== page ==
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A rewriting semantics for type inference
 Programming Languages and Systems, 16th European Symposium on Programming, ESOP 2007
, 2007
"... Abstract. When students first learn programming, they often rely on a simple operational model of a program’s behavior to explain how particular features work. Because such models build on their earlier training in algebra, students find them intuitive, even obvious. Students learning type systems, ..."
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Abstract. When students first learn programming, they often rely on a simple operational model of a program’s behavior to explain how particular features work. Because such models build on their earlier training in algebra, students find them intuitive, even obvious. Students learning type systems, however, have to confront an entirely different notation with a different semantics that many find difficult to understand. In this work, we begin to build the theoretical underpinnings for treating typechecking in a manner like the operational semantics of execution. Intuitively, each term is incrementally rewritten to its type. For example, each basic constant rewrites directly to its type and each lambda expression rewrites to an arrow type whose domain is the type of the lambda’s formal parameter and whose range is the body of the lambda expression which, in turn, rewrites to the range type. 1
Path Projection for UserCentered Static Analysis Tools
"... The research and industrial communities have made great strides in developing sophisticated defect detection tools based on static analysis. However, to date most of the work in this area has focused on developing novel static analysis algorithms, and neglected study of other aspects of static analy ..."
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The research and industrial communities have made great strides in developing sophisticated defect detection tools based on static analysis. However, to date most of the work in this area has focused on developing novel static analysis algorithms, and neglected study of other aspects of static analysis tools, in particular user interfaces. In this work, we present a novel user interface toolkit called Path Projection that helps users visualize, navigate, and understand program paths, a common component of many static analysis tools ’ error reports. We performed a controlled user study to measure the benefit of Path Projection in triaging error reports from Locksmith, a data race detection tool for C. We found that Path Projection improved participants’ time to complete this task, without affecting accuracy, and that participants felt Path Projection was useful.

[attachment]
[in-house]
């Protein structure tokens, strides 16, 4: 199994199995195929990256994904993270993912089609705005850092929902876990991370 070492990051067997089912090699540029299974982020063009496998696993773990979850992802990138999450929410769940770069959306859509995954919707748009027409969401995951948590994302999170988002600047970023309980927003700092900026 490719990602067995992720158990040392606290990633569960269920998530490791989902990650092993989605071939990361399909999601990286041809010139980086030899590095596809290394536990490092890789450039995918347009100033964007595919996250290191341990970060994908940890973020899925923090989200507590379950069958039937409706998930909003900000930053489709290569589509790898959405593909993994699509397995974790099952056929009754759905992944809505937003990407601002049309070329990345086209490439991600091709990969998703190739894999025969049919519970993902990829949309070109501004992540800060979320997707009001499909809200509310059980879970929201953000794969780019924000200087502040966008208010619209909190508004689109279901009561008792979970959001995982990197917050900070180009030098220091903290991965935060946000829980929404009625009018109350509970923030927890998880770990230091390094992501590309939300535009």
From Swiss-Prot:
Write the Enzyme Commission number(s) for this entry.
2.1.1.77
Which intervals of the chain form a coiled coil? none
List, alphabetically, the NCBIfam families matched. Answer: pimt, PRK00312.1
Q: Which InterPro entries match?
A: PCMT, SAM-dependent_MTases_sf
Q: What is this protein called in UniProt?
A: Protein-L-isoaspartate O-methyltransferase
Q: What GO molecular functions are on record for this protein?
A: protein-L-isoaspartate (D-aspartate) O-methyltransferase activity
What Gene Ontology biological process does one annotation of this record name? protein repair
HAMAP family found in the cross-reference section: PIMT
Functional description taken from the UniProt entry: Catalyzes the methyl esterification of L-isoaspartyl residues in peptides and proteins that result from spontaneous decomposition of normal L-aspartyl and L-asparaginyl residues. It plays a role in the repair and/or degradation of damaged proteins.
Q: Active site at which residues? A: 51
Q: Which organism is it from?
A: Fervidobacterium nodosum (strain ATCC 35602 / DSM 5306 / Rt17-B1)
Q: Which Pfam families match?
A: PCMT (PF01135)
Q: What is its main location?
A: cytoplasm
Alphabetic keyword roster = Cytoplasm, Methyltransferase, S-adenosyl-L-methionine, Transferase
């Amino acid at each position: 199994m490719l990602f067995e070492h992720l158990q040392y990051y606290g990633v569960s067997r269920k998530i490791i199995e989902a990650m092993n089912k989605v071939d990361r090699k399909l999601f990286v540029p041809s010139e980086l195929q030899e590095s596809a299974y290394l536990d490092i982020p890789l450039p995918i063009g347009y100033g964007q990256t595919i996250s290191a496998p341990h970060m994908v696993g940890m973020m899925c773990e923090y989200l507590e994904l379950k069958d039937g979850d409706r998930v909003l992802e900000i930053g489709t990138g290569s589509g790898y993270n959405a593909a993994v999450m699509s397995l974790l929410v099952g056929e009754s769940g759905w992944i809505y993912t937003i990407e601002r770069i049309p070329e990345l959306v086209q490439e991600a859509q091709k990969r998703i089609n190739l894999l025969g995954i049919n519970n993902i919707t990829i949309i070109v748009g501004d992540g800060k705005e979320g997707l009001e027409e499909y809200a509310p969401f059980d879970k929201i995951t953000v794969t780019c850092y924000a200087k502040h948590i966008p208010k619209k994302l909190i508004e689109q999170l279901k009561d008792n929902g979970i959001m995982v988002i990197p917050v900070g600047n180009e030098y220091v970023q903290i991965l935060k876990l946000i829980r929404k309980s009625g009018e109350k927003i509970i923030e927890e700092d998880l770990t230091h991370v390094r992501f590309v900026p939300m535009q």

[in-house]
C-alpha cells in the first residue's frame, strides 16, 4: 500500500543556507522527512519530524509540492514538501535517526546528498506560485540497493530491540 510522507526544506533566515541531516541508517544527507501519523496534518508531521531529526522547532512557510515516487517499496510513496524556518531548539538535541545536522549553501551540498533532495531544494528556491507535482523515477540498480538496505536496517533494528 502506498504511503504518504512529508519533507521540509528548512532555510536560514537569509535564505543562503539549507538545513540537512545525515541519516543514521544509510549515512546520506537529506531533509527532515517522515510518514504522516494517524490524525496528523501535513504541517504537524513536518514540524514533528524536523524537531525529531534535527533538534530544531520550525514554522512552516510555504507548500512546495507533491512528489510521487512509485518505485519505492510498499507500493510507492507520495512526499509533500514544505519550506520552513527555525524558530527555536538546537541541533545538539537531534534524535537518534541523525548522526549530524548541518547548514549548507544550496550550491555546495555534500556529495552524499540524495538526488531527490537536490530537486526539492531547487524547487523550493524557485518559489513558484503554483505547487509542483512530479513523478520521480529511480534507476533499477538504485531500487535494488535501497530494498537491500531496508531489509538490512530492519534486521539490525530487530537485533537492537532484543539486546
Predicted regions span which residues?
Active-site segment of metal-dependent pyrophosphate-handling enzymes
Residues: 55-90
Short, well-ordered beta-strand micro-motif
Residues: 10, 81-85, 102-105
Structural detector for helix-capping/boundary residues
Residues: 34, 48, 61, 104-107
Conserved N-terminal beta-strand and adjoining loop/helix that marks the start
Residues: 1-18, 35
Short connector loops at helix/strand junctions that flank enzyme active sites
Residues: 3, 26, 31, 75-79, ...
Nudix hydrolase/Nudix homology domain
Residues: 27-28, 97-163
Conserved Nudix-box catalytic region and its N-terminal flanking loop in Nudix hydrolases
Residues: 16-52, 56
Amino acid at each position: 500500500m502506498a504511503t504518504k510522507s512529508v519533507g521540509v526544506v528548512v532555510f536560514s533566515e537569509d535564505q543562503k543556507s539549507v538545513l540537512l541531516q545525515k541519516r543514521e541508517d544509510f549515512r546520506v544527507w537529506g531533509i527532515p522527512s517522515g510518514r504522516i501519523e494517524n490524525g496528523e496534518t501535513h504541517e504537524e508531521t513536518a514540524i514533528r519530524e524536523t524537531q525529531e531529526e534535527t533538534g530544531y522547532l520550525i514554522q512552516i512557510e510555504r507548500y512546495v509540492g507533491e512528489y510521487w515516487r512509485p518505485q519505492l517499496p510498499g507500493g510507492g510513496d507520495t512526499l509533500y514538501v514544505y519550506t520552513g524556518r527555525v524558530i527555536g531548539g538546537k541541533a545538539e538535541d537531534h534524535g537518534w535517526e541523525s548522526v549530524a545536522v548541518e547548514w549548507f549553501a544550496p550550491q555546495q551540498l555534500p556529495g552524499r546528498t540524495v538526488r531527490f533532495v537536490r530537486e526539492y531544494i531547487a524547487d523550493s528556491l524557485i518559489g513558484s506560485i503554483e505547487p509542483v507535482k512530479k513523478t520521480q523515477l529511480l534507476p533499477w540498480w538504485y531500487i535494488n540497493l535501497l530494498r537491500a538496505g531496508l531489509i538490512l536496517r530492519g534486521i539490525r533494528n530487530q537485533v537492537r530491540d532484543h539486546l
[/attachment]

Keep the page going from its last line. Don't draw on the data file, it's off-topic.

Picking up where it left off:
Polymorphic Type Reconstruction Using Type Equations
, 2003
"... The W algorithm of Milner [Mil78] and its numerous variants [McA98,LY98,YTMW00] implement type reconstruction by building type substitutions. We define an algorithm W centered around building type equations rather than substitutions. The design of W is motivated by the belief that reasoning ..."
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The W algorithm of Milner [Mil78] and its numerous variants [McA98,LY98,YTMW00] implement type reconstruction by building type substitutions. We define an algorithm W centered around building type equations rather than substitutions. The design of W is motivated by the belief that reasoning with substitutions is awkward.
Sourcetracking Unification using semiDyck labeled reachability
, 2004
"... We propose a pathbased framework for deriving and simplifying sourcetracking information for firstorder term unification in the empty theory. Such a framework is useful for diagnosing unificationbased systems, including debugging of type errors in programs and the generation of success and failu ..."
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We propose a pathbased framework for deriving and simplifying sourcetracking information for firstorder term unification in the empty theory. Such a framework is useful for diagnosing unificationbased systems, including debugging of type errors in programs and the generation of success and failure proofs in logic programming. The objects of sourcetracking are deductions in the logic of term unification. The semantics of deductions are paths over a unification graph whose labels form the suffix language of a semiDyck set. Based on this framework, two algorithms for generating proofs are presented: the first uses contextfree labeled shortestpath algorithms to generate optimal (shortest) proofs in time O(n³), for a fixed signature, where n is the number of vertices of the unification graph. The second algorithm integrates easily with standard unification algorithms, entailing an overhead of only a constant factor, but generates nonoptimal proofs. These nonoptimal proofs may be further simplified by group rewrite rules.